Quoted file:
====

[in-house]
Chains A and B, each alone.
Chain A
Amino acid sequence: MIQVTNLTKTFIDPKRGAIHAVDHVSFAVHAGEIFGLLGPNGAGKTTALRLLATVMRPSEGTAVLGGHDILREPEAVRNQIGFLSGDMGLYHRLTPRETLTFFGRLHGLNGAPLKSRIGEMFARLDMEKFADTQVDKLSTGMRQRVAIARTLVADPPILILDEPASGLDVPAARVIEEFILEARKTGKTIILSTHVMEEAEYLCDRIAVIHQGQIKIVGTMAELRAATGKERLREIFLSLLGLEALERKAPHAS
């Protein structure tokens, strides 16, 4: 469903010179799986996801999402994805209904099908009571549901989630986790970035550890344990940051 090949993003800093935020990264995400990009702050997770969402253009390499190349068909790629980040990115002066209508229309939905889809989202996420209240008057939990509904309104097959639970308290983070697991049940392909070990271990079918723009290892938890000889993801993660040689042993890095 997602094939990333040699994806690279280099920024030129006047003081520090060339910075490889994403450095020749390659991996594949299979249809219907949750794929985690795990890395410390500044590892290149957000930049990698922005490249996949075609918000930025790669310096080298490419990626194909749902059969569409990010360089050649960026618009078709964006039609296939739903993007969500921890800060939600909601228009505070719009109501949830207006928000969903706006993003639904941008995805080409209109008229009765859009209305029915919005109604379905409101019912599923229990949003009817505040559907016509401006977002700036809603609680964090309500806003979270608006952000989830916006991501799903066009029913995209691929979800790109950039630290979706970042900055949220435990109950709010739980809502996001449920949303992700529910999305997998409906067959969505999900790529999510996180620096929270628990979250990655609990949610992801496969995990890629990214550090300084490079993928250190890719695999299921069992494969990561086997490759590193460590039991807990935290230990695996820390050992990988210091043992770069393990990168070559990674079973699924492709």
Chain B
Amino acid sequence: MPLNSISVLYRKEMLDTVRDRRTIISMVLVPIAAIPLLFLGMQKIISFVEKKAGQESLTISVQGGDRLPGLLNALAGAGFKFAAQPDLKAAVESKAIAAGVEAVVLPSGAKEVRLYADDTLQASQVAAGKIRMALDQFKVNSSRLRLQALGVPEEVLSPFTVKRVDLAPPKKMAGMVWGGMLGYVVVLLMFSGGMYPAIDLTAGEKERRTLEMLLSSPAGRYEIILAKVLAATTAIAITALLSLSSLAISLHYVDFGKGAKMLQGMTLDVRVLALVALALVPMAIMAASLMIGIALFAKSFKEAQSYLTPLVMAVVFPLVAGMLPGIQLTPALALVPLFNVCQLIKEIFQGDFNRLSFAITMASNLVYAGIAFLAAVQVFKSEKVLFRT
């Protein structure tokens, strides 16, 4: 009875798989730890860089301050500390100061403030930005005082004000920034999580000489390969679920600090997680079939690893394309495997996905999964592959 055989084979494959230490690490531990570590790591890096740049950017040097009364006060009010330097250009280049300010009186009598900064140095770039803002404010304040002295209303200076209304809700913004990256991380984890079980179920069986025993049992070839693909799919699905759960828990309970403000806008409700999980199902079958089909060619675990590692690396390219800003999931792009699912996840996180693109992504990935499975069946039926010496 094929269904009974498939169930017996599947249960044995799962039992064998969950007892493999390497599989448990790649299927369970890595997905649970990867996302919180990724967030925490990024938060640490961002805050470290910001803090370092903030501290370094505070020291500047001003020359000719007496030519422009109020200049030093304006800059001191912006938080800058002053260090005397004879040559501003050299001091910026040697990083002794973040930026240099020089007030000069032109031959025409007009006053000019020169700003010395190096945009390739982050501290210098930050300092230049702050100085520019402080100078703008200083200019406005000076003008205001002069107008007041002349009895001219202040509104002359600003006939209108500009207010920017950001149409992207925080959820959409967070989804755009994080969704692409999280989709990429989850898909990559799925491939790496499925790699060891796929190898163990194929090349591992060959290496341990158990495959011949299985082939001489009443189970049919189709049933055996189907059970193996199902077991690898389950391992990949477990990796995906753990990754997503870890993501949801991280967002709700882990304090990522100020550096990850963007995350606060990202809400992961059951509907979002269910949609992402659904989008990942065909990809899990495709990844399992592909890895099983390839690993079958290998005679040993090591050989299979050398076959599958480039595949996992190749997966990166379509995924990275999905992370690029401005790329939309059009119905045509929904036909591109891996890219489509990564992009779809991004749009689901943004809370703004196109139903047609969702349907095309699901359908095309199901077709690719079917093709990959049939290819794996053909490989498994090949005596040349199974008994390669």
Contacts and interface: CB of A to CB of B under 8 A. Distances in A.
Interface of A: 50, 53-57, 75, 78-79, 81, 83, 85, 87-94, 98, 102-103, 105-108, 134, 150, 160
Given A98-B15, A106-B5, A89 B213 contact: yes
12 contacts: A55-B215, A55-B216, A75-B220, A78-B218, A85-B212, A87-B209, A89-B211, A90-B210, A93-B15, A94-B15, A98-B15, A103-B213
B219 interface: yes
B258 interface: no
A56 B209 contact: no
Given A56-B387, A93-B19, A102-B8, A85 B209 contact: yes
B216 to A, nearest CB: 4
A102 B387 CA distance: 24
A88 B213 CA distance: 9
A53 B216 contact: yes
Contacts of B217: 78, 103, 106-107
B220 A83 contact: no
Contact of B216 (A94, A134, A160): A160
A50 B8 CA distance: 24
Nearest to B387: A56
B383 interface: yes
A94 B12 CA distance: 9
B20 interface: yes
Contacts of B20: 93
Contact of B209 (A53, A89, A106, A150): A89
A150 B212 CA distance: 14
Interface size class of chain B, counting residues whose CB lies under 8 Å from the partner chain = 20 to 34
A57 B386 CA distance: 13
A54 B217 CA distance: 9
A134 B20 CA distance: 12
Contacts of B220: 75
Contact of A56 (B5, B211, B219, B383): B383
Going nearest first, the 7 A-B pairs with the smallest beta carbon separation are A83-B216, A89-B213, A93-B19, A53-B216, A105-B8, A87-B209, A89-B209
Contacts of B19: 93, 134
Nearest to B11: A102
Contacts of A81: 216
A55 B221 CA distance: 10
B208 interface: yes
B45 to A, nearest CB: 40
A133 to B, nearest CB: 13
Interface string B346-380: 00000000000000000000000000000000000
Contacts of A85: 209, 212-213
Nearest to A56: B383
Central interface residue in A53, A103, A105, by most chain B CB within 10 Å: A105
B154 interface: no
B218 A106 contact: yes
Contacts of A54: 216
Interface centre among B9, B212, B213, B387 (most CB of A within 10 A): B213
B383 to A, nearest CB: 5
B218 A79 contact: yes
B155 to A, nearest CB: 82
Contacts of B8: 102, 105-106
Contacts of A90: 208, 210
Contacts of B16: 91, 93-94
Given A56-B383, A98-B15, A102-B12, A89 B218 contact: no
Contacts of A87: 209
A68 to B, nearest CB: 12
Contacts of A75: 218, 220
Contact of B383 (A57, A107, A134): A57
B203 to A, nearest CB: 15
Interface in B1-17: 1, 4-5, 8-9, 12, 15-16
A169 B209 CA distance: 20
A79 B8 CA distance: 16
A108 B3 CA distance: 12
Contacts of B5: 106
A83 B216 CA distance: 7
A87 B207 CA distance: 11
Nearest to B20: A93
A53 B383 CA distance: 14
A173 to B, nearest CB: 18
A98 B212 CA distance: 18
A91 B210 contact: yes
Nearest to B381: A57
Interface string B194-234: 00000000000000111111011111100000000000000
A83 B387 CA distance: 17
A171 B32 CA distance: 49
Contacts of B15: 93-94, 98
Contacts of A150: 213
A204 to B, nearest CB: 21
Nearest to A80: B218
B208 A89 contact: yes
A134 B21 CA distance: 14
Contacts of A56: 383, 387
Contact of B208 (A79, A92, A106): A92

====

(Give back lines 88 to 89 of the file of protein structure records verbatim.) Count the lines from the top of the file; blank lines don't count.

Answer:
Contacts of A56: 383, 387
Contact of B208 (A79, A92, A106): A92